The Student was aware of warmth before he even awoke. His eyes fluttered open and he saw torchlight flicker on ancient stones. As the Student sat upright, he felt light-headed. As the room spun, the Student laid back down. As the room slowed its circular motion, realization dawned on the Student. He had achieved his goal. He was inside the Temple. After a few minutes of rest, the Student swung to his feet. He placed his bare feet on the cool stones below. As he stepped out the door and into the hall, he noticed the soldiers that lined the halls. Some wore blue and black, some wore blue and white. The Student realized that the myths were true. The Temple was guarded by the combined elite soldiers of the Orders: Franco’s Fist. The Temple was silent except for the Student’s footfalls. The Student advanced down the hall, and found that he was on his way to see the object of his quest.

The Sage sat alone in his chamber, a fire burning in front of him. He saw the Student approaching from the hall leading in, and smiled to himself. He thought of all the previous students that came before, and he knew that this one was different. He could sense it from the way his eyes wandered from stone to stone, the way his features reflected a joy in knowledge. This one was not here to be able to brag to others that he had been in the presence of the Sage. This one was here to actually learn, to improve himself, and his Order. As the Student made his way inside the chamber, he bowed to the Sage, awe rushing over him. He knew that seeing the Sage face to face was an honor that few achieved. The Sage watched the Student and saw the emotion in the eager man’s face. As legend dictated, the Student picked up a log from the pile to his left, and added it to the fire “For Franco,” he solemnly spoke. He picked up a log from the pile to his right. “For Ivan,” as he added it to the flames. The Sage motioned towards the empty seat in front of him, and the Student was graced with what he had traveled such a long way to hear: the voice of the Sage.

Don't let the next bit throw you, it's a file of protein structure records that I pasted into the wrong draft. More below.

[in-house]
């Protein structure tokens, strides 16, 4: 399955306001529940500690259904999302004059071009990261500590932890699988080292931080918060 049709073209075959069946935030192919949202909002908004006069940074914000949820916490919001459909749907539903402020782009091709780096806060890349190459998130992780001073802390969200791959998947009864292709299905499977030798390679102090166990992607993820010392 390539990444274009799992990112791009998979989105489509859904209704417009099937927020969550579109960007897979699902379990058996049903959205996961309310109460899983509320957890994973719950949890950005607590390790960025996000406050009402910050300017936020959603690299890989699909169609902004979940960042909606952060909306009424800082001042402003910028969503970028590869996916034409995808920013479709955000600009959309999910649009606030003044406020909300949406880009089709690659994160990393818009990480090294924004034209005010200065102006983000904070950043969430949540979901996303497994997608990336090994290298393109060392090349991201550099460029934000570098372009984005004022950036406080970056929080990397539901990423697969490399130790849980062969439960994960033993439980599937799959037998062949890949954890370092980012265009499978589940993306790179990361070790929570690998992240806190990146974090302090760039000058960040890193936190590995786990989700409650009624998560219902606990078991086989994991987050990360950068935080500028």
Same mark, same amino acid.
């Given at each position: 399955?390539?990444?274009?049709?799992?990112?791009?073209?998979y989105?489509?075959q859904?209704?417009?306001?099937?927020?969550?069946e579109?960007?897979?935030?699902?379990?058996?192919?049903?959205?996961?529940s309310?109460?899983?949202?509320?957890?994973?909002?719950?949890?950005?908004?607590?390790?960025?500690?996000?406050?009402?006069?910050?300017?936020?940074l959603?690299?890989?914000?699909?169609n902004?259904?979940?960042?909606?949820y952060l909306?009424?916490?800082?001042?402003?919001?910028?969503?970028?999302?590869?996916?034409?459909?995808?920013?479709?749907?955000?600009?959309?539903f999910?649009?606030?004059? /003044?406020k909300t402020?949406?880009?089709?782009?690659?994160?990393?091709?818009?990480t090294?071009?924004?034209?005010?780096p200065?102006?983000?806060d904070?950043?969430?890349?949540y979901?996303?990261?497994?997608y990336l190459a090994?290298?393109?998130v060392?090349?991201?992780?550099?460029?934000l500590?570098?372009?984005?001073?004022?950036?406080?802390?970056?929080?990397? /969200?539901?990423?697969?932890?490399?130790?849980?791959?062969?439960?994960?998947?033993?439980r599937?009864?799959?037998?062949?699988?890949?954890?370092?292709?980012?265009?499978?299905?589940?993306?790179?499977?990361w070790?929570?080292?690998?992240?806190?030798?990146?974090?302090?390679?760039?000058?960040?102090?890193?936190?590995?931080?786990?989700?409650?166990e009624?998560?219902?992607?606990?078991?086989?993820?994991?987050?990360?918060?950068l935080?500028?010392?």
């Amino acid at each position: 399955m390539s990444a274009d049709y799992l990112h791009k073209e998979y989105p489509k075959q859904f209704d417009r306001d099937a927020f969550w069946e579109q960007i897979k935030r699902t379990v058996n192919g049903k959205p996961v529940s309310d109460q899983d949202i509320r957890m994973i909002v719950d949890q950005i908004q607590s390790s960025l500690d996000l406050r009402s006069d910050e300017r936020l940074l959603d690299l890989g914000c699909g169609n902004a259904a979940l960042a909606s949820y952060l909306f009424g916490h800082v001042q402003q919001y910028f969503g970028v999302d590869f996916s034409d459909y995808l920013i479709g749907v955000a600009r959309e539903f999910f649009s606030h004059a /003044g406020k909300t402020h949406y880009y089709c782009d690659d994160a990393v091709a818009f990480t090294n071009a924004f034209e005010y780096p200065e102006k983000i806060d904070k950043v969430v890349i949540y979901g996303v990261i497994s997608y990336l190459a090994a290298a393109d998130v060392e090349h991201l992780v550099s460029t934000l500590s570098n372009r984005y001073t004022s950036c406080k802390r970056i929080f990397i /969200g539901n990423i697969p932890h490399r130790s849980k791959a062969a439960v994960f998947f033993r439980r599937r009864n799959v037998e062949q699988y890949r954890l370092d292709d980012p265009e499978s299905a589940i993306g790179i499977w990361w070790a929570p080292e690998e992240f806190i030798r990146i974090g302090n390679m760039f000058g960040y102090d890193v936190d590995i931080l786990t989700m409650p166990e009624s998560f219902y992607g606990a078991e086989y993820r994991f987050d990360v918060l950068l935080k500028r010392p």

Part II: Overview of FrancoismEdit

The Student did as the Sage bid and sat. The Sage spoke again. “Student, I am aware that you have endured much and asked little on your trek to sit with me. I have seen you on your odyssey. You have spoken with my agents. It is due to the connections you made with them that I had the Fist bring you in from the cold. I sit with you, Student, because I wish to have this conversation. You have impressed me, Student.”